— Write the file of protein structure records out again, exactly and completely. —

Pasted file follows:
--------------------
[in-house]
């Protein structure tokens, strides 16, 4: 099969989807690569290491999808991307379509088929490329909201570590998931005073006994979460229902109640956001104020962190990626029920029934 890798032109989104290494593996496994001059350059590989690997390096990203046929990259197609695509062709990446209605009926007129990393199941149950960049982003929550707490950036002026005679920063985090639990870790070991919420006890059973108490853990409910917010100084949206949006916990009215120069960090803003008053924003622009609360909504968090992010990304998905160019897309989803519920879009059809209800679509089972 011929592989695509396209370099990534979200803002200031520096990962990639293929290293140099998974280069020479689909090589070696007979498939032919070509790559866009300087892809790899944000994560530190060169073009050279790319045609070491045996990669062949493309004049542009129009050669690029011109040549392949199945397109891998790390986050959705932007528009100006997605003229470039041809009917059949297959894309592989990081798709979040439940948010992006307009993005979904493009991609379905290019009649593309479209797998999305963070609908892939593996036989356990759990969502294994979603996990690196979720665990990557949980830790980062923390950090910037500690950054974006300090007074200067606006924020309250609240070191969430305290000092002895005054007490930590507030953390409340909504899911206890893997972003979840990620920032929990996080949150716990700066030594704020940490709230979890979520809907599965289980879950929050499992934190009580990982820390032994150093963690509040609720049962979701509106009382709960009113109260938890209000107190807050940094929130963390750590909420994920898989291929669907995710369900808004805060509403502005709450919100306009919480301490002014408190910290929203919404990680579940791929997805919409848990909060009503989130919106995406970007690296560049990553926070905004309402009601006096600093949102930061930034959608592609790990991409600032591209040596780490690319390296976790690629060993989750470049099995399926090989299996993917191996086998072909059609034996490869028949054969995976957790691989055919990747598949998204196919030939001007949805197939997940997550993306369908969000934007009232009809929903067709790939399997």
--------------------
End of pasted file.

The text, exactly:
[in-house]
């Protein structure tokens, strides 16, 4: 099969989807690569290491999808991307379509088929490329909201570590998931005073006994979460229902109640956001104020962190990626029920029934 890798032109989104290494593996496994001059350059590989690997390096990203046929990259197609695509062709990446209605009926007129990393199941149950960049982003929550707490950036002026005679920063985090639990870790070991919420006890059973108490853990409910917010100084949206949006916990009215120069960090803003008053924003622009609360909504968090992010990304998905160019897309989803519920879009059809209800679509089972 011929592989695509396209370099990534979200803002200031520096990962990639293929290293140099998974280069020479689909090589070696007979498939032919070509790559866009300087892809790899944000994560530190060169073009050279790319045609070491045996990669062949493309004049542009129009050669690029011109040549392949199945397109891998790390986050959705932007528009100006997605003229470039041809009917059949297959894309592989990081798709979040439940948010992006307009993005979904493009991609379905290019009649593309479209797998999305963070609908892939593996036989356990759990969502294994979603996990690196979720665990990557949980830790980062923390950090910037500690950054974006300090007074200067606006924020309250609240070191969430305290000092002895005054007490930590507030953390409340909504899911206890893997972003979840990620920032929990996080949150716990700066030594704020940490709230979890979520809907599965289980879950929050499992934190009580990982820390032994150093963690509040609720049962979701509106009382709960009113109260938890209000107190807050940094929130963390750590909420994920898989291929669907995710369900808004805060509403502005709450919100306009919480301490002014408190910290929203919404990680579940791929997805919409848990909060009503989130919106995406970007690296560049990553926070905004309402009601006096600093949102930061930034959608592609790990991409600032591209040596780490690319390296976790690629060993989750470049099995399926090989299996993917191996086998072909059609034996490869028949054969995976957790691989055919990747598949998204196919030939001007949805197939997940997550993306369908969000934007009232009809929903067709790939399997």